advertisement
Updated 23 January 2017

Secondhand smoke bad for pets as well

Dogs and cats not only breathe in tobacco smoke, but can also ingest harmful substances by licking their owner's hair, skin and clothes, an expert warns.

0

Secondhand smoke not only harms people, it also poses a danger to dogs, cats and other pets, a veterinarian warns.

Chemical residue

"If 58 million non-smoking adults and children are exposed to tobacco smoke, imagine how many pets are exposed at the same time," said Dr Carmela Stamper, who's with the US Food and Drug Administration.

Pets are also at risk from cigarette smoke residue that gets on skin, clothes, carpets, furniture and other household items, dubbed "thirdhand" smoke, according to the agency.

"Like children, dogs and cats spend a lot of time on or near the floor, where tobacco smoke residue concentrates in house dust, carpets and rugs. Then, it gets on their fur," Stamper said in an FDA news release.

"Dogs, cats and children not only breathe these harmful substances in, but pets can also ingest them by licking their owner's hair, skin and clothes," she explained.

Read: Secondhand smoke hurts within 20 mins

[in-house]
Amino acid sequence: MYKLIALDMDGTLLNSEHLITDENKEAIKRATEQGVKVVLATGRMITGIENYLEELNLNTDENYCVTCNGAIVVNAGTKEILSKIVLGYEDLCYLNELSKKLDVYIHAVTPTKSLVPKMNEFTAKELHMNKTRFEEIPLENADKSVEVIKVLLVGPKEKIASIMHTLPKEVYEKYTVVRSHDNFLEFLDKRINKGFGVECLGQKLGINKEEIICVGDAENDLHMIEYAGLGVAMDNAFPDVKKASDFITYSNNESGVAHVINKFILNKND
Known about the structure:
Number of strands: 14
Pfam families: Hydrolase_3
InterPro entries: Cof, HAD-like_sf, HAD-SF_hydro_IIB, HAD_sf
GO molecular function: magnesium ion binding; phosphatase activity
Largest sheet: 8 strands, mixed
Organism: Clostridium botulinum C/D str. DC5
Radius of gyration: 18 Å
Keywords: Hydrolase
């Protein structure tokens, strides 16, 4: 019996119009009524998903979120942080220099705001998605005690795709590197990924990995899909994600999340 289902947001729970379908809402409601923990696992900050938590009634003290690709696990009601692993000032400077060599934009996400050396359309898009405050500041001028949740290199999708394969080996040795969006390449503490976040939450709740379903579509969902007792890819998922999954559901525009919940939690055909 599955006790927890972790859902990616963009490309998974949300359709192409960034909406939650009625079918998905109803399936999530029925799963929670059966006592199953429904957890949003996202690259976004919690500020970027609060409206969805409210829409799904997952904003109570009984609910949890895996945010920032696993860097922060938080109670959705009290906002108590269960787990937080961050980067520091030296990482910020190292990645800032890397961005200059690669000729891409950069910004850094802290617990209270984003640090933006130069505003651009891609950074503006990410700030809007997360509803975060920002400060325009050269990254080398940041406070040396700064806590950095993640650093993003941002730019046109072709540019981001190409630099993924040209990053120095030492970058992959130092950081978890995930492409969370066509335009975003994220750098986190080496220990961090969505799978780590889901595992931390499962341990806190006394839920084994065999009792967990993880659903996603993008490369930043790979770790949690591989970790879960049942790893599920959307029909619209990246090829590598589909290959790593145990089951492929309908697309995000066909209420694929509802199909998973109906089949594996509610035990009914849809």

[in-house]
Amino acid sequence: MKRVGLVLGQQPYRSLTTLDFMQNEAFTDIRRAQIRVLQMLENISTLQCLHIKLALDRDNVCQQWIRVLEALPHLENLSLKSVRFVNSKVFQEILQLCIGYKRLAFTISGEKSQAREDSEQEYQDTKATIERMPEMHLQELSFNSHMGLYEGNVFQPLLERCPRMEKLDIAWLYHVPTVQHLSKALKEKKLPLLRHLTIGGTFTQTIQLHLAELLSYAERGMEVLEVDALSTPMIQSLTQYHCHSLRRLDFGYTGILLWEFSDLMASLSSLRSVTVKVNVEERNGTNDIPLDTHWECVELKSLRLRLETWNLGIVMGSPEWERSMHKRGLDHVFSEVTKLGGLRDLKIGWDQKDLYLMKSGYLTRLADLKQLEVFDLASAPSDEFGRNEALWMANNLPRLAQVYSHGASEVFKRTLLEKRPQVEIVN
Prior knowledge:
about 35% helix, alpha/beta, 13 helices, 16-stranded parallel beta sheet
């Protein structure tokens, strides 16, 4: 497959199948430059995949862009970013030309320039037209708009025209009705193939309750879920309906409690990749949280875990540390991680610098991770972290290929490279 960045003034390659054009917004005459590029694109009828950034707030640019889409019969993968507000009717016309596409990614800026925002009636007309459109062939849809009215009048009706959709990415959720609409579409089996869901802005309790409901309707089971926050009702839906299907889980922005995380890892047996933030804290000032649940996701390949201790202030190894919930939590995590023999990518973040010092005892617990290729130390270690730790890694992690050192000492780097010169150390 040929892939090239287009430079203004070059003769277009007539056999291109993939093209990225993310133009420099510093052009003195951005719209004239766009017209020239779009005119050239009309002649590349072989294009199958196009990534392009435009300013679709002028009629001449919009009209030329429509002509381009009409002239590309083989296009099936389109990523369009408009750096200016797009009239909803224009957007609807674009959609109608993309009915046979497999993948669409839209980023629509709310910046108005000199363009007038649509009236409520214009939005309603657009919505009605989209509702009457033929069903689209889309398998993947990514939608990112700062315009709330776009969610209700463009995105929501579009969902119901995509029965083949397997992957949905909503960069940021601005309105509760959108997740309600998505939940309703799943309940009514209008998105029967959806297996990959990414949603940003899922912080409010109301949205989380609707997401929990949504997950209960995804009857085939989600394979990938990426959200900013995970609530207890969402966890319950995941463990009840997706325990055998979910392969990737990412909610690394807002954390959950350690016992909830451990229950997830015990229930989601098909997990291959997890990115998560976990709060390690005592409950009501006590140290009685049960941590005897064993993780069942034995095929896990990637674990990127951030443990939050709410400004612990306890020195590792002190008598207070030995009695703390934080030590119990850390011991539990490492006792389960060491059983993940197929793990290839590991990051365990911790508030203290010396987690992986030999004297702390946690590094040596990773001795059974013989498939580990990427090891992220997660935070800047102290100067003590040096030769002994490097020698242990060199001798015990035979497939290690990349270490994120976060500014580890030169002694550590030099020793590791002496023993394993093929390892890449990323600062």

Pets can also swallow the chemical residue when they groom themselves or other pets.

Stamper added that certain dog breeds are at increased risk for nose and lung cancer. How tobacco smoke affects a dog depends on the length of its nose, she said.

Cats living with people who smoke more than a pack of cigarettes a day have triple the increased risk of lymphoma, a cancer of the immune system, according to the FDA.

Smoking also endangers other pets, including birds, guinea pigs and even fish, Stamper said.

Read more:

Nonsmokers unwittingly exposed to secondhand smoke

Do you smoke with kids in the car?

Passive smoking taking its toll

 
NEXT ON HEALTH24X
advertisement

Live healthier

Here's some help... »

Combat childhood obesity Childhood obesity brings future health problems

3 ways to get young couch potatoes away from the screen

Are your children glued to their electronic devices? It might be time to start making some rules.

Time for a break? »

Stressful job leads to emotional burnout Work burnout tied to emotional eating

This is why you must take annual leave

Avoid burnout and use your annual leave to get some well-deserved rest. Your body and mind will thank you.